“My dad and I would travel across the country,” said Seniesa Estrada remembering their early journeys in boxing. “He would make calls and research everywhere to find me fights.”

Often the Estradas would venture to other states only to find the expected competition was too big or weighed more than they claimed.

“We had to put rocks and keys in Seniesa’s pockets and weights around her legs so she could make the heavier weight and fight,” said Joe Estrada the father when remembering weigh-ins 16 years ago. “That’s if they allowed her to weigh with her clothes on. Sometimes they would make her take off her sweats.”

But once the actual boxing took place, despite her diminutive size, she often demoralized the competition with her quickness, agility and skill. She always could fight.

As a child Seniesa always loved to watch prizefighting on television. One fighter Roy Jones Jr. caught her eye with his flair and speed. She also enjoyed watching Sugar Ray Leonard and Oscar De La Hoya on television. She picked up moves and feints by watching the men and adapted some moves and invented others.

“She always fought the way she does,” claims Joe Estrada. “She developed most of her moves early. Then her trainer added others.”

Other girls who boxed were trained in more traditional straight up styles and did not like sparring with Seniesa. Traveling from gym to gym for sparring was a part of the boxing life.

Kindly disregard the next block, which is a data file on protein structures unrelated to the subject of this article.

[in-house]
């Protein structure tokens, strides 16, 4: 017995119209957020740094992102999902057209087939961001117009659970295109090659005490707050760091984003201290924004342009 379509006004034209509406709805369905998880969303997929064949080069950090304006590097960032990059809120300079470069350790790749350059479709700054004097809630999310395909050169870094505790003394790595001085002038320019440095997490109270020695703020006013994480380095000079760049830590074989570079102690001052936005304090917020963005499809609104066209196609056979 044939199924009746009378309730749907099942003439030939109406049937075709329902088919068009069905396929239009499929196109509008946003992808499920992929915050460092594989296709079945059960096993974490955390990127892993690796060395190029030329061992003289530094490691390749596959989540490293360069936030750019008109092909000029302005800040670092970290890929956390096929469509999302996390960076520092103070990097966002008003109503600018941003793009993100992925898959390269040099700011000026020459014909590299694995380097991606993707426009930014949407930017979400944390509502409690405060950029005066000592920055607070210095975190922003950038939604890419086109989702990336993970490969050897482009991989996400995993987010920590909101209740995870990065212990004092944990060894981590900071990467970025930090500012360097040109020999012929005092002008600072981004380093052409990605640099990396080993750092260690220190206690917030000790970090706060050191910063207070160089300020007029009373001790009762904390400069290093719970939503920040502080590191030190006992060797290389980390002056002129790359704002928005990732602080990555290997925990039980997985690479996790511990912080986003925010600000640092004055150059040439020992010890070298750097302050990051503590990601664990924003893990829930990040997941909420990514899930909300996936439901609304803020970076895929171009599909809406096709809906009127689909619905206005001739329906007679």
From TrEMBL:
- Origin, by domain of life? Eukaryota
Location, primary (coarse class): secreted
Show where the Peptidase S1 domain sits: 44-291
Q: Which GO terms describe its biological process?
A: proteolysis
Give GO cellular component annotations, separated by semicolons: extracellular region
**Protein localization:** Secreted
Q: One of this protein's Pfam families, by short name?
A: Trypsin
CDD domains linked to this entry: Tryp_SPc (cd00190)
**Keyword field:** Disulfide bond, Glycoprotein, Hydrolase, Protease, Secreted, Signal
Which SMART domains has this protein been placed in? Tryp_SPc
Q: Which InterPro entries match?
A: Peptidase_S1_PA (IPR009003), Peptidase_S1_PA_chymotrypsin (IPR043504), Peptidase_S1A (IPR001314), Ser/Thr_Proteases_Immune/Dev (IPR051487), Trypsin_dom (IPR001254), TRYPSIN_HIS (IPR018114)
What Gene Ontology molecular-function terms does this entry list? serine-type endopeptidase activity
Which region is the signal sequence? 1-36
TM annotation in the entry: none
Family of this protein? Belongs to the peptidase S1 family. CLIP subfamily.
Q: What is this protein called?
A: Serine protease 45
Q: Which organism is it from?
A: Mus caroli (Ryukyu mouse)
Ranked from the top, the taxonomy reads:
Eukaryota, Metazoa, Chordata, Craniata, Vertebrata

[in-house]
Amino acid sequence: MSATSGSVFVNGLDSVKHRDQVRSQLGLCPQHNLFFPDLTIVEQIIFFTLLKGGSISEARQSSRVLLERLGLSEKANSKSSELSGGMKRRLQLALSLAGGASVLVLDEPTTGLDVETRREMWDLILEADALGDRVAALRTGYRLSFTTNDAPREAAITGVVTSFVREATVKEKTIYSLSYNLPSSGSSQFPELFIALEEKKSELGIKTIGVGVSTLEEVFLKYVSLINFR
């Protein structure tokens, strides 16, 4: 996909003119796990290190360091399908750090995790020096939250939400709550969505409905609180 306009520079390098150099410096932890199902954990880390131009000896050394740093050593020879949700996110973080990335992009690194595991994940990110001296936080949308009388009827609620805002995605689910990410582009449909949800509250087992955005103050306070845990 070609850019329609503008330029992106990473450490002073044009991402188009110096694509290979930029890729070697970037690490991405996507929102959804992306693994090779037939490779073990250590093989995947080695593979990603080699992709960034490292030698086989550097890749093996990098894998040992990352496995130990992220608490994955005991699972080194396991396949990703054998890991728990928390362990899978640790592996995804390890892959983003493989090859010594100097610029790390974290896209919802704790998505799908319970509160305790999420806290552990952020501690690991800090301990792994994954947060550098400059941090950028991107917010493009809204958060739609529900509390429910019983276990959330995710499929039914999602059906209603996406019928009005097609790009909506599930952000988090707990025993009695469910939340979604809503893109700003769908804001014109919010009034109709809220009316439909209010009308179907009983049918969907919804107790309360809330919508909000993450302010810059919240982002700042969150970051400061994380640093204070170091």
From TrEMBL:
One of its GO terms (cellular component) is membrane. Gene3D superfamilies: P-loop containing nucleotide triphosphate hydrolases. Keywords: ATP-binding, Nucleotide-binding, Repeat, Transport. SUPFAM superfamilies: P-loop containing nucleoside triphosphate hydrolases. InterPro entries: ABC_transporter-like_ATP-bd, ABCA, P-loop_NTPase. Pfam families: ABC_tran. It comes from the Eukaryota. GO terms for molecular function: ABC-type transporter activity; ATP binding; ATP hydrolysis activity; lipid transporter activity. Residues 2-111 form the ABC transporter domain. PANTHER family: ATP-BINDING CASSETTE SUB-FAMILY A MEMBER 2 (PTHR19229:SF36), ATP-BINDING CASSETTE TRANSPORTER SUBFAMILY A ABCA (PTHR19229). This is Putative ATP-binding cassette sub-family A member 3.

In East Los Angeles there are no secrets in the boxing world and Seniesa Estrada was very well known to all who laced up boxing gloves in the 10 square mile area..



Ten years ago, Seniesa Estrada entered the prize ring for the first time when she fought a girl from Texas named Maria Ruiz. It took place at the Chumash Casino in Santa Ynez, California. She won.

Less than two months later, at Fantasy Springs Casino in Indio, Estrada entered the prize ring again and this time defeated Blanca Raymundo. Two fights in two months, the professional fight circuit looked as busy as L.A. freeways at rush hour. Seniesa won again.

Then things stalled.

A foot injury, cancelled fights, and lack of interest by promoters in women’s boxing prevented Seniesa Estrada from obtaining another fight for three years. So she trained and trained.

“I would feel sorry for Seniesa because she always trained hard,” said Dean Campos, who’s trained Seniesa Estrada for more than 12 years. “Sometimes I would show my guy fighters moves and they couldn’t do them. So, I would ask Seniesa to show them.”


Golden Boy